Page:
The Reward of Working and Being a Medical Student
Jul 29, 2019 by Sivakumar Ravishankar
It’s a known fact. Medical school can be challenging, but ultimately rewarding in the end. Every year of medical school has its own challenges and each year of learning builds from the previous year. We are managing so much just being medical students, but the question is how do we succeed in medical school as well as support ourselves during our time in medical school? What makes this rewarding and worth the time, stress, and energy?
Becoming a doctor is a passion of mine and my dream career and I could not think of doing anything else. I find many concepts in medicine to be interesting and evolving through research, evidence based practice, and integration of technology to create a safe practice. I feel being a doctor is rewarding as I know that every day when I get up, I know I am making a difference in a person's life. For me, I could not think of a more rewarding career than the career that I choose to undertake.
Being a paramedic and medical student.
I have a background being a paramedic and therefore work part time to support myself through medical school. I believe the two, medical school and being a paramedic, compliment each other well and help me successfully progress through my medical program. As a paramedic, the lessons and skills acquired were focused on injuries that had already occurred and providing a solution to the problem. In the simplest terms, the objective was to “fix and transport.” The lessons learned here helped me to become a good paramedic, but I wanted to achieve more, likely similar to many of you reading this, and decided to pursue medicine.
Now, after starting medical school, I can use the knowledge and skills gained from being a paramedic and apply them regularly. This experience helps me to perform a comprehensive assessment: looking as social aspects, environmental contributions, consider more vast diagnosis, and expand on my patient assessment skills. I also think about what issues to prioritize and even write out a plan for managing the patient in my electronic ambulance documentation form. Being a paramedic and medical student helps me recollect and apply the knowledge and skills attained in medical school to my time at work and also integrate well within the hospital setting. Each of these tasks attribute to the success of the other. While it’s tough being a student and working, I’ve found a way to seamlessly integrate both, and I think you might too.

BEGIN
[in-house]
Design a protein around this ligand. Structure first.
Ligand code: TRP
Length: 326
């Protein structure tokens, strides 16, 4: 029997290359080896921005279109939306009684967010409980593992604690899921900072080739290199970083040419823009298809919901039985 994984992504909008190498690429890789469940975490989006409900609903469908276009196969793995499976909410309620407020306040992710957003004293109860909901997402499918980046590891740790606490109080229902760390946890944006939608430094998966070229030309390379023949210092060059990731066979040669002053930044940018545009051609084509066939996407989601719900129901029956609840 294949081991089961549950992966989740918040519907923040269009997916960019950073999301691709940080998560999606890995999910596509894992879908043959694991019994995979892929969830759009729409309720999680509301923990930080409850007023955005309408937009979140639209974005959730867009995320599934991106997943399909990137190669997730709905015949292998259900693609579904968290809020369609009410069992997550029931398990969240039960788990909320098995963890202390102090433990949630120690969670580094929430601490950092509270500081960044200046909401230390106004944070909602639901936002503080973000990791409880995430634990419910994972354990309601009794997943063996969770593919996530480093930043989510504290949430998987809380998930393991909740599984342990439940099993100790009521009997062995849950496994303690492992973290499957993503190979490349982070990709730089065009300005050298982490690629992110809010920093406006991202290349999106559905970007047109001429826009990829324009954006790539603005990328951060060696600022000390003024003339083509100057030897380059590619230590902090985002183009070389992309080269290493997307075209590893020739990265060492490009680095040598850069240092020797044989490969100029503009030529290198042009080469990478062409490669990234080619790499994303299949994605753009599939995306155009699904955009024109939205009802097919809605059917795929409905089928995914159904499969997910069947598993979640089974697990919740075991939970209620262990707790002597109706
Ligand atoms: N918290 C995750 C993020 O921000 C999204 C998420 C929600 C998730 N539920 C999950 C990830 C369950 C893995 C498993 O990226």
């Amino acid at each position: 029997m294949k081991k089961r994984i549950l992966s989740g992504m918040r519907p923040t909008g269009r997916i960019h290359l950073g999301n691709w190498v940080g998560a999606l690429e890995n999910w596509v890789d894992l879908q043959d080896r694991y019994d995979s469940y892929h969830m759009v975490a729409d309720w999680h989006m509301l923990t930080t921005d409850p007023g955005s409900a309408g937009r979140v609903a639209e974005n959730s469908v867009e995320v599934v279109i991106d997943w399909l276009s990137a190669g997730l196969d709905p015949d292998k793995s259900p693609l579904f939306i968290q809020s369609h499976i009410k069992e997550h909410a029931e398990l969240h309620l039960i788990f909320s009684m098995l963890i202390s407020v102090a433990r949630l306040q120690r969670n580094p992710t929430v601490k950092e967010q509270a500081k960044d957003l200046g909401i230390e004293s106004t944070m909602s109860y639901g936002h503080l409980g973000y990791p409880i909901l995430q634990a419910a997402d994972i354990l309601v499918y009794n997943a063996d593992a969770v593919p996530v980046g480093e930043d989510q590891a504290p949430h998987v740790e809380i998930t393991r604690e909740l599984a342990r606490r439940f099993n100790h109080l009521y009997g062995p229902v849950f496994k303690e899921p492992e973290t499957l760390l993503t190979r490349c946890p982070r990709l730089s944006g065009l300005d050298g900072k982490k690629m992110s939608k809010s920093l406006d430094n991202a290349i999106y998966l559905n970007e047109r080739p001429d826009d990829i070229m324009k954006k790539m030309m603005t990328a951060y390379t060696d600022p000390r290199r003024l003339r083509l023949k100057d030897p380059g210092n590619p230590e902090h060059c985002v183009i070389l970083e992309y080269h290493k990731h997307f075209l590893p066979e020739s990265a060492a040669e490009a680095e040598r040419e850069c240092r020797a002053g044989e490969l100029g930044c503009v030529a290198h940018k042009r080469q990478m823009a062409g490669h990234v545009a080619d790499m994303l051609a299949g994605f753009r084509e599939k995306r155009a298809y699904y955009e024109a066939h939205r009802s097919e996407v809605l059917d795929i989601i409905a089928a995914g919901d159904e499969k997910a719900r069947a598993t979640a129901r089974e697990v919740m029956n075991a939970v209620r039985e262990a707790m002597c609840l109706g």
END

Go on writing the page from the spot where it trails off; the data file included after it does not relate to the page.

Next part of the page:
How can this apply to your own success?
We all have different experiences, achieved various goals along the way, and have different strengths. Therefore, I suggest finding things that make you unique and using it to your advantage to support yourself through medical school. I am sure we can all think of at least one way. Also, working in these other work settings outside of the classroom can be a positive and rewarding experience. While good practice and a strong application of what you’re learning in medical school is important, constantly being in a medical setting may not be what works best for you. For example, perhaps you are passionate about music and giving music lessons helps you earn money and stimulates a different part of your brain.
The driving factor for me being a medical student and working at the same time is that I know I am making a difference every day and I find that to be very rewarding for me. Not only am I am able to able to apply the knowledge gained in medical school in managing my patients but also feel that the transition of care to be far better between prehospital and hospital and therefore creating a positive outcome to my patients. As I also enjoy teaching, I am able to better educate my patients on their medical conditions and as well be a positive support to my fellow peers at work and at school. The values of osmosis - have each other back; reach further; open your arms are the words that reach out to me every day when I read from osmosis and is also a driving factor for my success.
We are all in medical school because we want to help people. If each day we are able to help one person, whether related to medicine or something different, that would lead us to make a difference in 365 people’s lives. One person for each day of the year leading to a lifetime of impact.
As a quick recap…
I can best summarize the meaning of all this in an old Chinese proverb, “If you want happiness for an hour, take a nap. If you want happiness for a day, go fishing. If you want happiness for a year, inherit a small fortune. If you want happiness for a lifetime, help someone else.” We are all in the right path of seeking happiness and every day forward is a step closer in achieving the goal of being a successful doctor.
Siv is a third year medical student at Oceania School of Medicine. He is most interested in anesthetics, emergency medicine and intensivist. Siv was originally born in India but spent the last 12 years in Australia. When he is not studying or working, much of his time is dedicated to hobbies such as tennis, cricket, hike and rock climbing.